The Portland Observer recently revamped its website, and news editor Jake Thomas has been doing a great job of attending meetings throughout the community. I check in over there at least once a day and would recommend you add the site to your list of blog feeds. Thomas's reporting diligence was rewarded Wednesday night at a meeting of the city's human rights commission, attended by Police Chief Rosie Sizer:
“In my experience, whenever the police do something, whether it be the right thing or the wrong thing, it’s justified [by the bureau],” said Patricia Ford, a member of the committee who also asked if the 12-year-old girl got any support.
Sizer said that she couldn’t comment on whether the girl got support, and explained that holding officers accountable can be complicated since there needs to be a careful review of employment case law before an action can be taken.
Darryl Kelley, a former gang member who serves on the committee, questioned whether the officer should have shot a 12-year-old girl when he was clearly bigger and stronger.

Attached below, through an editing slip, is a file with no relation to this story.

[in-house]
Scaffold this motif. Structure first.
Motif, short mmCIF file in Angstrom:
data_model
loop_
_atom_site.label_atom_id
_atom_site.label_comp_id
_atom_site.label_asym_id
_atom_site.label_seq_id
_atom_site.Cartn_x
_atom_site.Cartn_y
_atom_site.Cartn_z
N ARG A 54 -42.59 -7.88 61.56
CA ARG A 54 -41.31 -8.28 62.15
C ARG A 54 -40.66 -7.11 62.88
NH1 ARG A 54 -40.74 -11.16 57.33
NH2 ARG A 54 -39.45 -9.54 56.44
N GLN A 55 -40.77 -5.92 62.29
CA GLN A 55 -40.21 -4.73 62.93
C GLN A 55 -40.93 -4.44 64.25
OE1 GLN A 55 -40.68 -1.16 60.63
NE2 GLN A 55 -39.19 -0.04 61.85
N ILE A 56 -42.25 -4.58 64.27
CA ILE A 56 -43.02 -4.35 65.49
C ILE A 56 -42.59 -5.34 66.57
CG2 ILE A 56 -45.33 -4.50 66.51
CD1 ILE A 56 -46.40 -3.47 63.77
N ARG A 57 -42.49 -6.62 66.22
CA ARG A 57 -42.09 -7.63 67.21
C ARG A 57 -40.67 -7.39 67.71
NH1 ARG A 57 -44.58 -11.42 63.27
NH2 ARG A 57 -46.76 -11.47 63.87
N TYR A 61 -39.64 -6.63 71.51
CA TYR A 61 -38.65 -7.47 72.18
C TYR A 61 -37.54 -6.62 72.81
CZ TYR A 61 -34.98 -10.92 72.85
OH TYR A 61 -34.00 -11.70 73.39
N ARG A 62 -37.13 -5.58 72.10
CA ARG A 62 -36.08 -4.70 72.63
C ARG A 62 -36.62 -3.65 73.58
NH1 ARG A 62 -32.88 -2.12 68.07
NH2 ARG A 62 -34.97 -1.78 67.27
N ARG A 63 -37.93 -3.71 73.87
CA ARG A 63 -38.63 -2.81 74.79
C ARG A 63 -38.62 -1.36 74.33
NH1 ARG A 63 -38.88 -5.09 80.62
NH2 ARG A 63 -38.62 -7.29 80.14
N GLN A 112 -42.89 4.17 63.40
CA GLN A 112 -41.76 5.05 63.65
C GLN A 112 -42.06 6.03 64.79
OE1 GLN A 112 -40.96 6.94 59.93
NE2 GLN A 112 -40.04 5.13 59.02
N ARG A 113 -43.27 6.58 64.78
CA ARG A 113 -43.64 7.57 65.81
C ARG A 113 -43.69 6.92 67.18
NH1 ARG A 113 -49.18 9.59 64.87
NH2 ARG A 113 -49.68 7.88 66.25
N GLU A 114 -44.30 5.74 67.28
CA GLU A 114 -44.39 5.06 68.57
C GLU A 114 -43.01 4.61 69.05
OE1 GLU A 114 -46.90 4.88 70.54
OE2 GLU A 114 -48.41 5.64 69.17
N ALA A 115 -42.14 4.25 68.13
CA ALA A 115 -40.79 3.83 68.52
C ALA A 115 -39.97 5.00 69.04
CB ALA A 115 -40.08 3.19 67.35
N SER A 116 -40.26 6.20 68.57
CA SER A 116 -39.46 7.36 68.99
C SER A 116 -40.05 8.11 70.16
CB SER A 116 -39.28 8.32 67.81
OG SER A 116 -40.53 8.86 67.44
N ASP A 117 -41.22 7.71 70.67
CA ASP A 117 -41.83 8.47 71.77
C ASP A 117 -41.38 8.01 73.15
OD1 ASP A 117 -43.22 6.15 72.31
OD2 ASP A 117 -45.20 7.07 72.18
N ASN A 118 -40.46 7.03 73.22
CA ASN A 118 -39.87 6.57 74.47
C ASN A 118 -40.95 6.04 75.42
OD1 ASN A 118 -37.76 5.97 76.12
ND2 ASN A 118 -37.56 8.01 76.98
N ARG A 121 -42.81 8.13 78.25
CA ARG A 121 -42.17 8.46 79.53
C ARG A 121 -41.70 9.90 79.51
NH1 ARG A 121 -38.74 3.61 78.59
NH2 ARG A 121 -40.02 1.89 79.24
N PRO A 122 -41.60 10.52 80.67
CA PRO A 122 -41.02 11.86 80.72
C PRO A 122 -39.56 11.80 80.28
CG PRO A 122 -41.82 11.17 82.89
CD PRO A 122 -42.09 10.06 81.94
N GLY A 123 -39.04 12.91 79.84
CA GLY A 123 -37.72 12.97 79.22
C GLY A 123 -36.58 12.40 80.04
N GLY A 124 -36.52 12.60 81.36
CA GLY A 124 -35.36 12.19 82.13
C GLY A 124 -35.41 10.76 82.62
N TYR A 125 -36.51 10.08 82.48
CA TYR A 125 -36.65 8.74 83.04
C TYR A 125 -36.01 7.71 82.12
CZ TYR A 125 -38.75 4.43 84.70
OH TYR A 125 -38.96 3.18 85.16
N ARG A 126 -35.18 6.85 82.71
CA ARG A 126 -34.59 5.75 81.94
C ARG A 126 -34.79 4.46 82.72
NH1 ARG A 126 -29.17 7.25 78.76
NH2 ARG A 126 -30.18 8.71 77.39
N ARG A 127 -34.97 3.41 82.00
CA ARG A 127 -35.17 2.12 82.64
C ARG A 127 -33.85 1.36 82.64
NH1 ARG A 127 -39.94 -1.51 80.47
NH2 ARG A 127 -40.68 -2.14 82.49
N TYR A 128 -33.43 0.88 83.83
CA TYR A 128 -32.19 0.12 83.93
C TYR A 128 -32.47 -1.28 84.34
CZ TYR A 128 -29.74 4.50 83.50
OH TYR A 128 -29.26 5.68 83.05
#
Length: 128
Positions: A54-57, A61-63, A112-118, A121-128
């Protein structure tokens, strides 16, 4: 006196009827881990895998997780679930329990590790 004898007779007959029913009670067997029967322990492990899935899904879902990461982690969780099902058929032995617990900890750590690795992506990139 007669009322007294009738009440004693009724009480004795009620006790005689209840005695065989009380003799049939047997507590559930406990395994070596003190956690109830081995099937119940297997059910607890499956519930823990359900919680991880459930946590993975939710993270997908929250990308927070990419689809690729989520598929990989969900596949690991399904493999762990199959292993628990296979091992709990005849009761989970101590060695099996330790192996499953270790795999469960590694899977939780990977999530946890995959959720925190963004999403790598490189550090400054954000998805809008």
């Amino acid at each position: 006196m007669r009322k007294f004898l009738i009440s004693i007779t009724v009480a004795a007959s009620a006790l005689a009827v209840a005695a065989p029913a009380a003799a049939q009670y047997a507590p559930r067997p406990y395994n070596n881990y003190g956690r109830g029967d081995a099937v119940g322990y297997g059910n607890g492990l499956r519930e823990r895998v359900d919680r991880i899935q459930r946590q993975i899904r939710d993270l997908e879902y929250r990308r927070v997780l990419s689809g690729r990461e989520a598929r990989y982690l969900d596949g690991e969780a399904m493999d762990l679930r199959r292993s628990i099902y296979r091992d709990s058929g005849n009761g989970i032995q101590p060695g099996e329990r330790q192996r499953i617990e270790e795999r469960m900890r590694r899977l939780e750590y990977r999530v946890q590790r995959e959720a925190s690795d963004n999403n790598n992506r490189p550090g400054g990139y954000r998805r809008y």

“When you think about excessive force, that’s pretty excessive,” said Kelley, who wondered out loud how much support he’d get if he shot someone.
Kelley said that the incident was a “huge step backward” for community policing.
Hector Lopez, a former United Church of Christ minister who serves as the committee’s chair, asked Sizer to comment on the actions of the police union.
Sizer descried the union’s actions as “overtly political.” She also noted that the union was willing to be part of dialogue on the issue.
Stephen Manning, an immigrant lawyer and member of the committee, said that people have a hard time distinguishing between the police union and the police bureau.
Ford added that she has an 11-year-old grand daughter who asked if she would be shot by the police.
“To the community, it feels like this officer is going to do whatever,” she said.
There's more of Sizer's exchange with community members over at the Observer's site—her description of the union as being political is in harsh contrast to PPA President Scott Westerman's repeated assertions that Sizer and Police Commissioner Dan Saltzman allowed "politics" to get in the way of appropriate discipline for Humphreys.